They have inherited my incendiary impatience, my lack of tolerance for anything taking even a second longer than it has to. This weekend we were stopped at a red light in the car. As soon as it turned green, there was a cacophonous howling from the back seat: “Mummy, go! It’s green! Go, go, go!” my daughter even said, as snidely as I often do, “It isn’t going to get any greener, Mummy.” Wow.
And then my son broke in with, “Maybe that person didn’t see the green light because they were on their blackberry.” I guess they really are listening, all the time. The irony is not lost on me that as I struggle to slow down and enjoy moments with these children, they actually urge me to speed up, move on, go faster, faster, faster. And beneath that irony is the knowledge that this is All My Fault. They have internalized the fact that everything is basically a rush from me. And then we get there five minutes early, and have empty time with which to stand around and wait. Always.
Here it is, the burning hot center of my struggle with parenting—no, with life itself. I am so keenly aware that the days are flipping by with the speed of those scrolling album covers on the screen of my iPhone, yet I am absolutely incapable of translating that awareness into an aptitude for slowing down and appreciating. I just CAN’T.
When I really sit still and think about the times when I’ve genuinely wanted time to stand still, there are perilously few of them. A few crystalline moments of parental joy stand out, like the morning this summer when Whit woke Grace up with a kiss.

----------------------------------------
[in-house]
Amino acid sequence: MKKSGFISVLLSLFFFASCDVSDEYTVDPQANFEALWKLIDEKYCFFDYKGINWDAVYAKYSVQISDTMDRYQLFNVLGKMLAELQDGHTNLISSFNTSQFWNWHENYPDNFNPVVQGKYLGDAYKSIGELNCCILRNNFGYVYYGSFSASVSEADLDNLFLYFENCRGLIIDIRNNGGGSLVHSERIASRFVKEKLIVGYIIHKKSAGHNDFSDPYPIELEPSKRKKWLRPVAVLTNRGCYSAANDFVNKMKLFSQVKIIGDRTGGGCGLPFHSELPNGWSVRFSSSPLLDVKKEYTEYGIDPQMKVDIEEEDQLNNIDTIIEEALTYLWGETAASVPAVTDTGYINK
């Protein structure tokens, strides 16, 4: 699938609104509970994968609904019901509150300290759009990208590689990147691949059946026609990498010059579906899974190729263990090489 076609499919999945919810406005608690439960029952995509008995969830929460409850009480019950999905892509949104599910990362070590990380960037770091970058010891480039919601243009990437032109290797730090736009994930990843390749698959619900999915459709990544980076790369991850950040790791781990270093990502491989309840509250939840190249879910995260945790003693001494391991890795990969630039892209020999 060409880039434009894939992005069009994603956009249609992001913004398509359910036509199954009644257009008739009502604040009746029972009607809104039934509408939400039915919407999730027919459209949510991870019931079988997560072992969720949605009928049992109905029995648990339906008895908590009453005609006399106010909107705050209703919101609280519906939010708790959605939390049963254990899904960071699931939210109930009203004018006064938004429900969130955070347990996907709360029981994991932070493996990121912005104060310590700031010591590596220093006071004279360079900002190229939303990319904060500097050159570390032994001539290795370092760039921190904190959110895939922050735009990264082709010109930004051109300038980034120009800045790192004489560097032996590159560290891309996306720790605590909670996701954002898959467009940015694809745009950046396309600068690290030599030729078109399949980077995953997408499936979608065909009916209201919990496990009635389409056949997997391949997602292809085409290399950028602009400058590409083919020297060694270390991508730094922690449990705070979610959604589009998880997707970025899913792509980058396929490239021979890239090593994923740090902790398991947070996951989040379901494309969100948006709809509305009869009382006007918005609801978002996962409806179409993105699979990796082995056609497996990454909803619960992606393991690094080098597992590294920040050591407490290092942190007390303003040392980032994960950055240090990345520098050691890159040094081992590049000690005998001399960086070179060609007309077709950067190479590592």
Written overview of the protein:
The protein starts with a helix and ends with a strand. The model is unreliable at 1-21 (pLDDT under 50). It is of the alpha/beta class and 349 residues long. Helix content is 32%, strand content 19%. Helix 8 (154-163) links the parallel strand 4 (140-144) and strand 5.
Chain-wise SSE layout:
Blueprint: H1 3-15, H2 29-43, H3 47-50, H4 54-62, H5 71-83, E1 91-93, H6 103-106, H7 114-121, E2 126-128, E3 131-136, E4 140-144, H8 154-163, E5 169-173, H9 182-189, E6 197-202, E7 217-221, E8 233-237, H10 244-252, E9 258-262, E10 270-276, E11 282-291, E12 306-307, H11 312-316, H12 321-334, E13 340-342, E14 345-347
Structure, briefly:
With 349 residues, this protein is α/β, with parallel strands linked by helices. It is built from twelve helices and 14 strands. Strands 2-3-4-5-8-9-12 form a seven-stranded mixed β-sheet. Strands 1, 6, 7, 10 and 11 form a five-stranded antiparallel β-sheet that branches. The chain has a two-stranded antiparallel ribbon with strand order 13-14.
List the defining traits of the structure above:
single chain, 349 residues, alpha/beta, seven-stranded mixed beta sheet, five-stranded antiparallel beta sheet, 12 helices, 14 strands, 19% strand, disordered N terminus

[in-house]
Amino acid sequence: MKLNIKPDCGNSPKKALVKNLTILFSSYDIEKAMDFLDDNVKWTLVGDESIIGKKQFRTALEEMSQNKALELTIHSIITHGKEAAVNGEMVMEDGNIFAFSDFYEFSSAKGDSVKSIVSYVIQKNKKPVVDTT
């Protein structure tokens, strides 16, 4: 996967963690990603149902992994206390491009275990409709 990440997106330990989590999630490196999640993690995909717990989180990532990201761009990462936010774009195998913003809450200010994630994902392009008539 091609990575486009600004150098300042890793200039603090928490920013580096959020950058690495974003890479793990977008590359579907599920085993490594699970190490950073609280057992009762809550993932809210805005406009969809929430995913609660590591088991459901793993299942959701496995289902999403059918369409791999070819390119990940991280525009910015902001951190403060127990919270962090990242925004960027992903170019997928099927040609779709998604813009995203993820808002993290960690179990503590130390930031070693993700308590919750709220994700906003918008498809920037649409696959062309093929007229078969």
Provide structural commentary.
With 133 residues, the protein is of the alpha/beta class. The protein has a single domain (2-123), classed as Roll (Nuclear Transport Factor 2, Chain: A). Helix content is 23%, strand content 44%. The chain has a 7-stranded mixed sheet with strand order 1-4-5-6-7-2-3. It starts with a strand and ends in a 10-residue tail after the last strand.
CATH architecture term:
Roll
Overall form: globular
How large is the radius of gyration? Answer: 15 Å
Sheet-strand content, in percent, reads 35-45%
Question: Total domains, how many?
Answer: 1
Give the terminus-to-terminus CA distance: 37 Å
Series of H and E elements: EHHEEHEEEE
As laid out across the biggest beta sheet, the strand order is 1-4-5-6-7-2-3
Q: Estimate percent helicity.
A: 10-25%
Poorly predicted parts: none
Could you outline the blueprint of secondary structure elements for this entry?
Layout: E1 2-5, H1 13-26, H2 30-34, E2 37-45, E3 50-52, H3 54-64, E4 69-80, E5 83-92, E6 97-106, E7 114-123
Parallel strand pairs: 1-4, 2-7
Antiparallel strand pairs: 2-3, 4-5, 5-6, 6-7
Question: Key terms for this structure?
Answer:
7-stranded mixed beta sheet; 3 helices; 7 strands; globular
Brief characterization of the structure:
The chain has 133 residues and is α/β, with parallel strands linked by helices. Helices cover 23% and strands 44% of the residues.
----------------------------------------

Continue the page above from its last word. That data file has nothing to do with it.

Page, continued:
Even that was not unmitigated joy, because he woke her up earlier than I might have wanted, and was initially rewarded for his sweetness with an avalanche of parental criticism. If I were paying closer attention, would there be more moments like this in my memory?
Children have inherent forward momentum. They will also stop in their tracks at the slightest detail. A block-long walk in the rain with a two-year-old Gracie took forty-five minutes, because we admired all kinds of bugs and leaves that I genuinely would not have noticed. Of course, her lower vantage point helped, but she was also just looking more closely. In every single day with my children I experience the push-pull of slow down, slow down hurry up, hurry up!
This tension between speed and stillness is never more acute for me than at the start of a school year. The turning towards September brings with it a sense of both beginnings and endings, a reminder that my body’s rhythm is permanently set to the academic calendar.
As the children climb the ladder of the grades their pants from last winter are suddenly too short, their non-Croc shoes are all too small, and their teeth fall out. Their very bodies trace the inexorable forward motion of time.
At the same time, the occasion of the start of school is one of those moments, like a birthday, that compels a pause. I find myself hesitating over the markers of their growth, photographing carefully the various details of their new classrooms, trying to soak up all the minutiae of this new year.
The kind of being here now I wish I could do all the time. Inspired by school’s reminder of time’s rapid flipping, September is a reason to stop for a moment and look around, to honor the reality of my children right now, even as I know that reality is passing as I watch.